Part of having a skills-first strategy is going beyond just hiring to ensure you’re looking at the larger picture. First, you need to understand the skills that your business needs. Then understand what skills your employees have, or that they can develop, and what skills you need to hire for so that you build your talent strategies accordingly.

Jennifer Shappley, VP, Global Talent Acquisition at LinkedIn
Top tips to enlarge those brains Top tip:

👋 Boost your talent strategy with skills and competency assessments.

Adding an evidence-based candidate evaluation step can help you go from 1,000 applicants to a handful of the very best in days, not months.

skills-first recruitment process

When to hire external recruiters

When you want to fill positions very quickly or when your hiring needs are very inconsistent, for instance, when you only need to hire someone a few times per year. Also, when you’re looking for candidates with very specialized knowledge that an in-house team may not have.

8 Types of Recruiters Your Business May Need

Depending on your situation and the type of role you want to fill, you may need executive recruiters, recruitment agencies, a retained agency recruiter, or something entirely different.

Here are the 8 main types of recruiters you can hire.

Executive search firms

An executive search firm specializes in hiring senior executive roles in companies such as president, vice-president, CEO, or any other C-suite role.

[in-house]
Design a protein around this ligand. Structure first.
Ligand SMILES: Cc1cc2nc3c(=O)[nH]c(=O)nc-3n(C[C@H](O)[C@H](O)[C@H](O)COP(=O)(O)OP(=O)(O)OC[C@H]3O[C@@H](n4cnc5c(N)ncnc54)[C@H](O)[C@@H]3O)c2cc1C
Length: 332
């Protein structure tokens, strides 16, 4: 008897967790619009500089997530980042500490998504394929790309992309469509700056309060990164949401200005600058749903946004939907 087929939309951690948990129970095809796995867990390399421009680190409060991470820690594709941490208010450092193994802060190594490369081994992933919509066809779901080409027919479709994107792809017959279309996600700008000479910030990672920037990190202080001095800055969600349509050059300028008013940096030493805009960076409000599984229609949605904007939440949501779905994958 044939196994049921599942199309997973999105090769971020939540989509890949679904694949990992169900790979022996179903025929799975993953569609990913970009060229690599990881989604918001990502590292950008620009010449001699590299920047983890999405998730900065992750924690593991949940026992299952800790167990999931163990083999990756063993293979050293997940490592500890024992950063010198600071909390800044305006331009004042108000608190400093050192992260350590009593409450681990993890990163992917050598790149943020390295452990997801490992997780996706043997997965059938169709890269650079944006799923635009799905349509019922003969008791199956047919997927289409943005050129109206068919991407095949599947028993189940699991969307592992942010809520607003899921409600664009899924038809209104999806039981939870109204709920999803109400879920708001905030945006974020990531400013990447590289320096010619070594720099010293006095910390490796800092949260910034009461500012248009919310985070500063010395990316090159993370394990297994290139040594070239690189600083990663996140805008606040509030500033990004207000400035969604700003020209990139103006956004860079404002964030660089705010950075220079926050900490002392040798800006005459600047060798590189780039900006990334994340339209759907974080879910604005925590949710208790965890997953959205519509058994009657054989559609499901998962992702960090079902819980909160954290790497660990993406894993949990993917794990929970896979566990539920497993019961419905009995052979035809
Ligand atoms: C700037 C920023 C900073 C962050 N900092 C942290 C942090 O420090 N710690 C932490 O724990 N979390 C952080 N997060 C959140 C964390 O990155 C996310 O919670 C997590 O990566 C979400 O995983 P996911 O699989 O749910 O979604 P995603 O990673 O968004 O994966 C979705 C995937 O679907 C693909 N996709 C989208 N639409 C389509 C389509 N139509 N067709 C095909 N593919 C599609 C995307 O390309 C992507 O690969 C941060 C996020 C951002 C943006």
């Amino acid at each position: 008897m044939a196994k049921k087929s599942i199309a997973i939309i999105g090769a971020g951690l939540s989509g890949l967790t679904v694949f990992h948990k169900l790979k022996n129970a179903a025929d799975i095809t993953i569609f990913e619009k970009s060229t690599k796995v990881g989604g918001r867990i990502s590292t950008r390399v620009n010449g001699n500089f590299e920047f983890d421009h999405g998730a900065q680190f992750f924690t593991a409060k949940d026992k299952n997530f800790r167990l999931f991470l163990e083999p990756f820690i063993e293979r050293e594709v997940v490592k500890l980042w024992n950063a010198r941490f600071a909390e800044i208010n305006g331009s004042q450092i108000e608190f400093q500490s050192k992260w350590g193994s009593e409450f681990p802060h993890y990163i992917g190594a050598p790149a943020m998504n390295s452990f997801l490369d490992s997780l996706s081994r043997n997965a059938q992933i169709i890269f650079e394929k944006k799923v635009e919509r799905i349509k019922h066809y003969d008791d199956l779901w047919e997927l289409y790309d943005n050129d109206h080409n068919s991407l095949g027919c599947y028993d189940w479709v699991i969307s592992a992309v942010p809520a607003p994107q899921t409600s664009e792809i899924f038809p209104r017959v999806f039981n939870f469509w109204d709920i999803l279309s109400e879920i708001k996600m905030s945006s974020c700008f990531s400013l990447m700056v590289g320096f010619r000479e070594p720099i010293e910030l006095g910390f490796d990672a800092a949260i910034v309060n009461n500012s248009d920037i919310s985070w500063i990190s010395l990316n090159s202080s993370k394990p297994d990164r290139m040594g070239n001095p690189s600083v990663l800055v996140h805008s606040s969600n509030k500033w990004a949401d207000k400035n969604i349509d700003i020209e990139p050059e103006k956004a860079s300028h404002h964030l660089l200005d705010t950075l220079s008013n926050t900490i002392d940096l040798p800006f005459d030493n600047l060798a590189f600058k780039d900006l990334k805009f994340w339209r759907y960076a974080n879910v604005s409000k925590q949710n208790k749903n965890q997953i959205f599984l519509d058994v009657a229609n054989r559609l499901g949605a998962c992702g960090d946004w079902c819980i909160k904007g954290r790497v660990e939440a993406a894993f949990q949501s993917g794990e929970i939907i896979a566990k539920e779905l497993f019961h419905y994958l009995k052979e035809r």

When is it a good idea to employ an executive search firm?

Executive search firms are particularly valuable when an organization is seeking to fill a senior role that requires a unique blend of skills, experience, and leadership qualities.

They are also beneficial when a company needs to conduct a confidential search without alerting internal staff or the public. The specialized knowledge and extensive networks of potential candidates these firms possess make them well-equipped to identify and attract top executive talent, even those not actively seeking new opportunities.

Common Characteristics of executive search recruiters

  • Deep Industry Knowledge: Executive search recruiters possess a profound understanding of the industries they serve, which allows them to identify the specific skills and experiences required for high-level roles.
  • Extensive Networks: They have wide-ranging networks of potential candidates, including those who may not actively seek new opportunities but could be the perfect fit for a specific role.
  • Discretion and Confidentiality: Executive search recruiters are committed to maintaining a high level of discretion and confidentiality, which is particularly important when conducting a search for a senior role or a confidential replacement.
  • Long-term Relationship Building: They excel at building and maintaining long-term relationships with the companies they serve and the candidates they place. This allows them to understand the strategic needs of an organization and match them with candidates who can drive growth and success.

Typical work arrangement

Executive search firms typically operate on a retained basis, meaning they are paid a retainer fee upfront to conduct the talent search. This arrangement underscores the consultative and dedicated nature of their service.